|| ||Gregory Haskins <ghaskins-AT-novell.com> |
|| ||Thomas Gleixner <tglx-AT-linutronix.de> |
|| ||Re: RFC: THE OFFLINE SCHEDULER |
|| ||Thu, 27 Aug 2009 18:22:23 -0400|
|| ||Christoph Lameter <cl-AT-linux-foundation.org>,
Chris Friesen <cfriesen-AT-nortel.com>,
raz ben yehuda <raziebe-AT-gmail.com>,
Andrew Morton <akpm-AT-linux-foundation.org>, mingo-AT-elte.hu,
peterz-AT-infradead.org, maximlevitsky-AT-gmail.com, efault-AT-gmx.de,
|| ||Article, Thread
Thomas Gleixner wrote:
> On Thu, 27 Aug 2009, Christoph Lameter wrote:
>> On Thu, 27 Aug 2009, Chris Friesen wrote:
>>> I just went and read the docs. One of the things I noticed is that it
>>> says that the offlined cpu cannot run userspace tasks. For our
>>> situation that's a showstopper, unfortunately.
>> It needs to be implemented the right way. Essentially this is a variation
>> on the isolcpu kernel boot option. We probably need some syscall to move
>> a user space process to a bare metal cpu since the cpu cannot be
>> considered online in the regular sense.
> It can. It needs to be flagged as reserved for special tasks and you
> need a separate mechanism to move and pin a task to such a CPU.
>> An isolated cpu can then only execute one process at a time. A process
>> would do all initialization and lock itsresources in memory before going
>> to the isolated processor. Any attempt to use OS facilities need to cause
>> the process to be moved back to a cpu with OS services.
> You are creating a "one special case" operation mode which is not
> justified in my opinion. Let's look at the problem you want to solve:
> Run exactly one thread on a dedicated CPU w/o any disturbance by the
> scheduler tick.
> You can move away anything else than the scheduler tick from a CPU
> today already w/o a single line of code change.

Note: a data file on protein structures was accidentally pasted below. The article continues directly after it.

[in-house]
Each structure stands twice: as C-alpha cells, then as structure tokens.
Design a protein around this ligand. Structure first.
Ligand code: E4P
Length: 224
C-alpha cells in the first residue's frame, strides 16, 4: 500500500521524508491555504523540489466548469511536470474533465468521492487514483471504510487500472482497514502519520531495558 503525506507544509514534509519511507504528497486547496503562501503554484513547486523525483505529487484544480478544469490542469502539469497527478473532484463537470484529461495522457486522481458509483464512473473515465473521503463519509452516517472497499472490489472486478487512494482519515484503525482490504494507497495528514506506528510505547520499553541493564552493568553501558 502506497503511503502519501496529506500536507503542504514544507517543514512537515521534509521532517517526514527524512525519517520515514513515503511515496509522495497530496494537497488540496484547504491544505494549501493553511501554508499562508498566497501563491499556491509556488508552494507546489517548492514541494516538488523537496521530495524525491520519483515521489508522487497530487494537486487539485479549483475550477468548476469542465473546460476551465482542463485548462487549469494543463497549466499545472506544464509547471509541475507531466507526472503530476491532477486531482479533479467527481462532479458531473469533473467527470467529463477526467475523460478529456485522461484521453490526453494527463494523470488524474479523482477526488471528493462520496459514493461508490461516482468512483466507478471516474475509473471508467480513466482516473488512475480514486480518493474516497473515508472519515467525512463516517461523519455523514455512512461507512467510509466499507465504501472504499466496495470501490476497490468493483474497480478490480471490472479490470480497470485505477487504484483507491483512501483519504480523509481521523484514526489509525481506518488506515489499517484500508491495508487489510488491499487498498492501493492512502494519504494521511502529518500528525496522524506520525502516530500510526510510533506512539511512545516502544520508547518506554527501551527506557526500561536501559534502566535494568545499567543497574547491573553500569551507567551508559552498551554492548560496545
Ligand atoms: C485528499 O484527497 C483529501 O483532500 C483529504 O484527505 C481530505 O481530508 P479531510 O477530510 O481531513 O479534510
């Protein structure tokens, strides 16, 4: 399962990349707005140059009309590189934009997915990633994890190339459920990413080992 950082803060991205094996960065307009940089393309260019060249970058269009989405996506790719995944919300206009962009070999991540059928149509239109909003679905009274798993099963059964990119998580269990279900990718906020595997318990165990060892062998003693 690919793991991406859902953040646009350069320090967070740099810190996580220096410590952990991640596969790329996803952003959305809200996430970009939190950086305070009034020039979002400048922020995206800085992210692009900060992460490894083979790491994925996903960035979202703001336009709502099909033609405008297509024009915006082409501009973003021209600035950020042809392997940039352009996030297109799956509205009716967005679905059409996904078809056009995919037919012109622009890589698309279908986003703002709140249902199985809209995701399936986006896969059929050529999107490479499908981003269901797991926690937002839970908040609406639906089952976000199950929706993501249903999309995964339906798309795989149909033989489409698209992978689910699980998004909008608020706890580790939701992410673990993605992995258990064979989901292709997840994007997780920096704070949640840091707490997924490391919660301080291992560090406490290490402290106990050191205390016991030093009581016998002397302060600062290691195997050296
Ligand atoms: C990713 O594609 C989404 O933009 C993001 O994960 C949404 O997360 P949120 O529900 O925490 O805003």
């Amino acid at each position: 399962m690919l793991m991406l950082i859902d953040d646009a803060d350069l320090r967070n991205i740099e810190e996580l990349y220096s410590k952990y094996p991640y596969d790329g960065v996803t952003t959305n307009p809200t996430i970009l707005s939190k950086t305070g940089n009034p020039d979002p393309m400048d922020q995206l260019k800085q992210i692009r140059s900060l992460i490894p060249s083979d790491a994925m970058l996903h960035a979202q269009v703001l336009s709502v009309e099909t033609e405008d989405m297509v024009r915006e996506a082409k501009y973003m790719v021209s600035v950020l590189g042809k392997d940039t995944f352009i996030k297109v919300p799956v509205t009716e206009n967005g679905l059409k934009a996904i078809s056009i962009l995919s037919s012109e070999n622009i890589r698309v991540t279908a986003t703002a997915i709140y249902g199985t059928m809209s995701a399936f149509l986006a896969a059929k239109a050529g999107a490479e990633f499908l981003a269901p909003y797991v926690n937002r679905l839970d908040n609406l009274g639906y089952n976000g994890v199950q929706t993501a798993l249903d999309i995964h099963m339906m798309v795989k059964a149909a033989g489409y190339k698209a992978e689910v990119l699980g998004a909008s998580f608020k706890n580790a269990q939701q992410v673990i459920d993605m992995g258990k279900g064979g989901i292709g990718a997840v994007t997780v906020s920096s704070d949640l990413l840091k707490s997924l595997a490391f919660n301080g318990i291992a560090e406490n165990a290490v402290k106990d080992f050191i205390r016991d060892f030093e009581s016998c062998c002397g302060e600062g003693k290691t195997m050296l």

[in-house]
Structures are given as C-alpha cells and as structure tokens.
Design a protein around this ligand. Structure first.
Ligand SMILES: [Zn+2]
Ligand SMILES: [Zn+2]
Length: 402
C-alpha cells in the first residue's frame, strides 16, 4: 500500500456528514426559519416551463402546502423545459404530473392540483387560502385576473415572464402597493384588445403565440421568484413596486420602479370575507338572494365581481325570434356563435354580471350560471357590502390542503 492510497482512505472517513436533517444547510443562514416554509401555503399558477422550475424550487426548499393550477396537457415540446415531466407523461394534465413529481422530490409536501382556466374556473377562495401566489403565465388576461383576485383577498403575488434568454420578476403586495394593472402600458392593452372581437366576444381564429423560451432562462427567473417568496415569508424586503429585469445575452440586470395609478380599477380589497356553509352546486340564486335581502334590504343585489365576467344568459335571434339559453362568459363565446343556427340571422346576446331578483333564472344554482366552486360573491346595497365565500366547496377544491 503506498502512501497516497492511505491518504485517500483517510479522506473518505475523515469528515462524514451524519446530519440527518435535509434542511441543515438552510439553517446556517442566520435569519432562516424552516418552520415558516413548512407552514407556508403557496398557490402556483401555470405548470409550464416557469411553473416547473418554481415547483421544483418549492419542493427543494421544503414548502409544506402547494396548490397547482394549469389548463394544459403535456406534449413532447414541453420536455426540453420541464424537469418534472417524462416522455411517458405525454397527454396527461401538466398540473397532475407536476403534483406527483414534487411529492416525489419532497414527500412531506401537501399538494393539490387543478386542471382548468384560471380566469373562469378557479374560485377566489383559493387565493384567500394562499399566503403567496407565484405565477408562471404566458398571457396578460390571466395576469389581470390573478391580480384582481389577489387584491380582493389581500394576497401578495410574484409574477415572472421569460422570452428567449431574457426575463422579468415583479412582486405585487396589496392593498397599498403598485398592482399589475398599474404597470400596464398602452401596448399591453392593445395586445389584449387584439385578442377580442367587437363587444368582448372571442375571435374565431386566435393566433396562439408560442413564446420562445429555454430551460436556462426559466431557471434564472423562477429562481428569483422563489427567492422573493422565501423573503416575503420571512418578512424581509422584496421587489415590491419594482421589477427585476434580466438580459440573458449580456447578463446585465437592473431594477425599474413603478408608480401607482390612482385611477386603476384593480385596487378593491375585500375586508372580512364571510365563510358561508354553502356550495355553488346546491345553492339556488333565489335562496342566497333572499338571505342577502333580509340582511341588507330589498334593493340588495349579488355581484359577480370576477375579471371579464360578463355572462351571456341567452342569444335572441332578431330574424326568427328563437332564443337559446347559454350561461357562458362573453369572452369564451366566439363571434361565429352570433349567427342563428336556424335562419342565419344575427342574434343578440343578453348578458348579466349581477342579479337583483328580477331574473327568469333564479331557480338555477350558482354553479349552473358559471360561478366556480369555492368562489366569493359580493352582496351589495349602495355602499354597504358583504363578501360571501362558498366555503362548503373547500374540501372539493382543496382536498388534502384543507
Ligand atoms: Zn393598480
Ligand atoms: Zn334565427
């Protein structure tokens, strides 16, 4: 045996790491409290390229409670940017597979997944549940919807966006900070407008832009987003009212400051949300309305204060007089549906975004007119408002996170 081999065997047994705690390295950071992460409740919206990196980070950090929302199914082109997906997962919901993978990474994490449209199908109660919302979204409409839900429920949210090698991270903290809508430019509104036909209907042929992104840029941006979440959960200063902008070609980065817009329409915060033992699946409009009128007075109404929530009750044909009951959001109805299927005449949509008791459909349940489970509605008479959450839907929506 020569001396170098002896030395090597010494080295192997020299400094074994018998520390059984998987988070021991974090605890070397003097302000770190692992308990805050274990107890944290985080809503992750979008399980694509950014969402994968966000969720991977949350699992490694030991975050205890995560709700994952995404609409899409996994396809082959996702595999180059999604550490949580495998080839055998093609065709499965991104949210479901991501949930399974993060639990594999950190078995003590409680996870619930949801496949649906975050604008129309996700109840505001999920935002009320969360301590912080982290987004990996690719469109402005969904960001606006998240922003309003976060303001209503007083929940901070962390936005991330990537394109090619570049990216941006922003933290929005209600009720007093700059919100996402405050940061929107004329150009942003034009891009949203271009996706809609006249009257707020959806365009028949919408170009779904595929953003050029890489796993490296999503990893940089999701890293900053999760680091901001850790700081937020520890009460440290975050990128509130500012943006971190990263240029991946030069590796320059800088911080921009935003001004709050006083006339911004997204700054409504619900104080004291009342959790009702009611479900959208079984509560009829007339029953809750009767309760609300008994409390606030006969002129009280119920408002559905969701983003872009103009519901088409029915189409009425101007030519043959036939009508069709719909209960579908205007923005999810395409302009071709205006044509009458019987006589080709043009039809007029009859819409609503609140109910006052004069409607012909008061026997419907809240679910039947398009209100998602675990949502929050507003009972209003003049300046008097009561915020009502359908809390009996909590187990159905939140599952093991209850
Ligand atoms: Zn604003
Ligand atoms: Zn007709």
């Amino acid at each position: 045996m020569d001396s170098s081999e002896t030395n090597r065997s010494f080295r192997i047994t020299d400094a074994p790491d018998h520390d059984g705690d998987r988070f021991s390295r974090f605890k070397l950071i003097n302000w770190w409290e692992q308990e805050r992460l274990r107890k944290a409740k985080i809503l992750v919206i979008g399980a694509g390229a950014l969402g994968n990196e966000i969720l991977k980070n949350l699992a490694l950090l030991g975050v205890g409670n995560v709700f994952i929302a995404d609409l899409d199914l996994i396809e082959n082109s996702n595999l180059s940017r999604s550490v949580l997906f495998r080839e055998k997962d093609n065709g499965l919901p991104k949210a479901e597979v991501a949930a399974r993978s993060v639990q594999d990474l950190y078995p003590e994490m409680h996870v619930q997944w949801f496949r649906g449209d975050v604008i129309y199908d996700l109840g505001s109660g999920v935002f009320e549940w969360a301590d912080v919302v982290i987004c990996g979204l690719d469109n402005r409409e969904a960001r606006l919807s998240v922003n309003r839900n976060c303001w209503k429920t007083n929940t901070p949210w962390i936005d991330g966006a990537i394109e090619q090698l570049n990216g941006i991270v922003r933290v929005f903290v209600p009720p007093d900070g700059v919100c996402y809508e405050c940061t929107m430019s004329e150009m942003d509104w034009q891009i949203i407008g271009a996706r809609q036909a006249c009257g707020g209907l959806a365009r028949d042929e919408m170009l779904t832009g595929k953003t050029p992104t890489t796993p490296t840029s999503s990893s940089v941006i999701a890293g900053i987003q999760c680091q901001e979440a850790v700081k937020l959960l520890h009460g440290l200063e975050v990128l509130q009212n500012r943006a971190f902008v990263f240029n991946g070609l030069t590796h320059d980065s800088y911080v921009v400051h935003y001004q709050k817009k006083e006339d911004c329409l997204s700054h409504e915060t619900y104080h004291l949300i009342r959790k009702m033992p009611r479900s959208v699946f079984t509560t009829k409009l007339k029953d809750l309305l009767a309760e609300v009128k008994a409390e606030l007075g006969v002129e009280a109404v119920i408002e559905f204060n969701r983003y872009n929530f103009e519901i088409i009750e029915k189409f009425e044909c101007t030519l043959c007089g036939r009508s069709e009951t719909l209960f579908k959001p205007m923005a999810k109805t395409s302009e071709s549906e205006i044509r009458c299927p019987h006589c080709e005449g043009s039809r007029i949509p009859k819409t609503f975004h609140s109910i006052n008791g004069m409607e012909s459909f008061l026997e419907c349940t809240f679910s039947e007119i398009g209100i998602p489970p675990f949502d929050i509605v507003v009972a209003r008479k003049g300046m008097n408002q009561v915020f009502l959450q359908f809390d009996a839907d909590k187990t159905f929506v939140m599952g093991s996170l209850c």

> But you want to impose restrictions like resource locking and moving
> back to another CPU in case of a syscall. What's the purpose of this ?
> It does not buy anything except additional complexity.
> That's just the wrong approach. All you need is a way to tell the
> kernel that CPUx can switch off the scheduler tick when only one
> thread is running and that very thread is running in user space. Once
> another thread arrives on that CPU or the single thread enters the
> kernel for a blocking syscall the scheduler tick has to be
> It's not rocket science to fix the well known issues of stopping and
> eventually restarting the scheduler tick, the CPU time accounting and
> some other small details. Such a modification would be of general use
> contrary to your proposed solution which is just a hack to solve your
> particular special case of operation.
I wonder if it makes sense to do something along the lines of the
IOW: What if we adopted one of the following models:
1) Create a new class that is higher prio than FIFO/RR and, when
selected, disables the tick.
2) Modify FIFO so that it disables tick by default...update accounting
info at next reschedule event.
3) Variation of 2..leave FIFO+tick as is by default, but have some kind
of parameter to optionally disable tick if desired.
In a way, we should probably consider (2) independent of this particular
thread. FIFO doesn't need a tick anyway afaict...only a RESCHED+IPI
truly ever matter here....or am I missing something obvious (probably
You could then couple this solution with cpusets (possibly with a little
work to get rid of any pesky per-cpy kthreads) to achieve the desired
effect of interference-free operation. You wouldn't even have to have
funky rules eluded to above w.r.t. making sure only one userspace thread
is running on the core.
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